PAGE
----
As best shown in FIG. 2, the disc 12 includes a container-support surface 32, a guide disc 34, and a pocket-defining disc 36. The guide disc 34 is positioned parallel to and above the pocket-defining disc 36. A cover 38 is mounted to the periphery of the guide disc 34, and an annular cam 40 is fixedly mounted above the guide disc 34. The annular cam 40 does not participate in the rotation of the disc 12, which rotates as a unit with respect to the cam 40. The annular cam 40 defines upper and lower cam tracks 42, 44.
As best shown in FIGS. 2 and 3, a plurality of test heads 50 are provided, one for each of the pockets 16. The test heads 50 are not shown in FIG. 1 in order to improve clarity of the illustration.
Each of the test heads 50 includes a sealing assembly 52 that includes an outer ring 54. The outer ring 54 is suspended by two parallel guide rods 56 which are interconnected at their upper end by a cross bar 58. A rotatable cam follower 60 is mounted in the cross bar 58 so as to follow the upper cam track 42.
The outer ring 54 supports two biasing devices such as air cylinders 62. These air cylinders 62 are connected to an air line 64 that provides pressurized air to bias a rod 66 outwardly (downwardly in the view of FIG. 2) and thereby to prevent over-compression of the seal 82 described below. The guide rods 56 are guided in vertical motion by guide bushings 35 included in the guide disc 34. The vertical position of the outer ring 54 is determined by the upper cam track 42 and the cam follower 60.
Each sealing assembly 52 also includes an annular sealing element 68 on which is mounted an outer bushing 70. The sealing element 68 is mounted for limited axial movement in the outer ring 54. The limits of this axial movement are defined by a locking ring 72 and a shoulder 74 carried on the sealing element 68. The sealing element 68 also defines an inner bushing 76 which in turn comprises a cylinder 78. An O-ring seal 80 is mounted in place near a lower portion of the sealing element 68, beneath the inner bushing 76. The lower portion of the sealing element 68 defines a circumferential groove 83 in which is mounted an elastomeric seal 82.
A piston 84 is mounted to move axially in the cylinder 78, sealed by the O-ring 80. This piston 84 includes or is connected to guide rod 86 that extends vertically upwardly, parallel to and between the guide rods 56. Guide rod 86 terminates at its upper end in a cross bar 88 that in turn supports a cam follower 90. The cam follower 90 rides in the lower cam track 44, which determines the vertical position of the piston 84.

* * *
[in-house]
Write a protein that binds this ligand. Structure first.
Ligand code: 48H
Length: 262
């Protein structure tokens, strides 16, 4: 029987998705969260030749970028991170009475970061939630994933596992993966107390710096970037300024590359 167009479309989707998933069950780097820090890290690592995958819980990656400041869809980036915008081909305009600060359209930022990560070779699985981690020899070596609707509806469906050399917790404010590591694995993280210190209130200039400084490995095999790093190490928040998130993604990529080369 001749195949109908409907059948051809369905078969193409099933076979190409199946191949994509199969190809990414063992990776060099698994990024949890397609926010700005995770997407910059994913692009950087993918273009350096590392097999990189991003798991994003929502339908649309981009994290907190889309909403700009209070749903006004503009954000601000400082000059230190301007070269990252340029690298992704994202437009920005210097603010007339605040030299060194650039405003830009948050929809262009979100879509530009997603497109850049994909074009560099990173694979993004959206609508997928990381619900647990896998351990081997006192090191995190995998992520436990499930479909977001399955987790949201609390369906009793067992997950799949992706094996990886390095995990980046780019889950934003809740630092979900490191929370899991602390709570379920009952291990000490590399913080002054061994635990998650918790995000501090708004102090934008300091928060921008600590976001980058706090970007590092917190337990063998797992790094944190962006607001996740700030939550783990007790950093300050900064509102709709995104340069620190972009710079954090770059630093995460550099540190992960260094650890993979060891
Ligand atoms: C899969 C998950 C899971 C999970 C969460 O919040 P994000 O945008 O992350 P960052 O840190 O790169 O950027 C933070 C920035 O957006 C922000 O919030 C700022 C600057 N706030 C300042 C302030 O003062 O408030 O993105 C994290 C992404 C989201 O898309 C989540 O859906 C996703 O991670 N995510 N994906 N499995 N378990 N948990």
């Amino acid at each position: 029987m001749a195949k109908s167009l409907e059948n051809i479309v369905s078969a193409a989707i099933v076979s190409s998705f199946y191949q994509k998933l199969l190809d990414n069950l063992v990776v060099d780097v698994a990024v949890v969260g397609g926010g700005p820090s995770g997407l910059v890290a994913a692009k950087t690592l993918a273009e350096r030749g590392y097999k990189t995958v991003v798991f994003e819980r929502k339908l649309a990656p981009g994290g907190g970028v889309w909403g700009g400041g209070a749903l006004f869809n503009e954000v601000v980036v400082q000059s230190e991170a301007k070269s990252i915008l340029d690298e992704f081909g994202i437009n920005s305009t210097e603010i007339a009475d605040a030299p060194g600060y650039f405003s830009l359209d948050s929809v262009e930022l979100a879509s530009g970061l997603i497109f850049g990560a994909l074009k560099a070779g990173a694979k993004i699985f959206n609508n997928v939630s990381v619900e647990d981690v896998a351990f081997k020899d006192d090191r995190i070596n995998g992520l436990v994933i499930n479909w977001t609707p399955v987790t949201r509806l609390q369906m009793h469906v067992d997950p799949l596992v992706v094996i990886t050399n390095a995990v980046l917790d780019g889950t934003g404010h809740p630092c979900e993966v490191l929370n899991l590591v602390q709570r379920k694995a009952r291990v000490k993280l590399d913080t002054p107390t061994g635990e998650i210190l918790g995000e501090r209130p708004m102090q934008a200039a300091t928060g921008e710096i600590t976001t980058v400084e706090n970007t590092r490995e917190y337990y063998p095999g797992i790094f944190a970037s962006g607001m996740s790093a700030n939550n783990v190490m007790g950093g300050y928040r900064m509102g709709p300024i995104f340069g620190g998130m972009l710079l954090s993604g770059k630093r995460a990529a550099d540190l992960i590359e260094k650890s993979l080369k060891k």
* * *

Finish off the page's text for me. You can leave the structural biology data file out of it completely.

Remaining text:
FIG. 2 shows the test head 50 positioned in sealing engagement with a container C having an opening O and a flange F. The seal 82 seals circumferentially around the flange F in a substantially vacuum-tight manner. In FIG. 2 the piston 84 and the sealing assembly 52 are shown in a lower position, while in FIG. 3 the piston 84 and the sealing assembly 52 are shown in an upper position.
FIG. 4 is a radial cross section of the seal 82. As shown in FIG. 4, the seal 82 includes an upper, outwardly facing flange 100 which defines an arcuate upper sealing surface 102. The seal 82 also includes a lower, outwardly facing flange 104 which defines a lower sealing surface 106. In this embodiment the lower sealing surface 106 is frustoconical, and it extends upwardly at an angle of about 8° with respect to a plane perpendicular to the center line (longitudinal axis) of the cylinder 78 and the piston 84. An annular recess 108 extends completely around the outer portion of the seal 82 a full 360 degrees, thereby allowing the lower flange 104 to move substantially with respect to the upper flange 100. The seal 82 also includes an inwardly facing flange 110 which is received in the groove 83 to hold the seal 82 in place on the sealing element 68. Two diametrically opposed channels 111 are provided on the lower portion of the upper flange 100 to prevent a vacuum from forming between the upper and lower flanges 100, 104 if they are pressed closely together.
FIG. 5 illustrates the sequential stages in the operation of the leak detection device 10. Table 1 summarizes stages A-M discussed below. In the following discussion, the reference numerals of FIGS. 1-3 are used.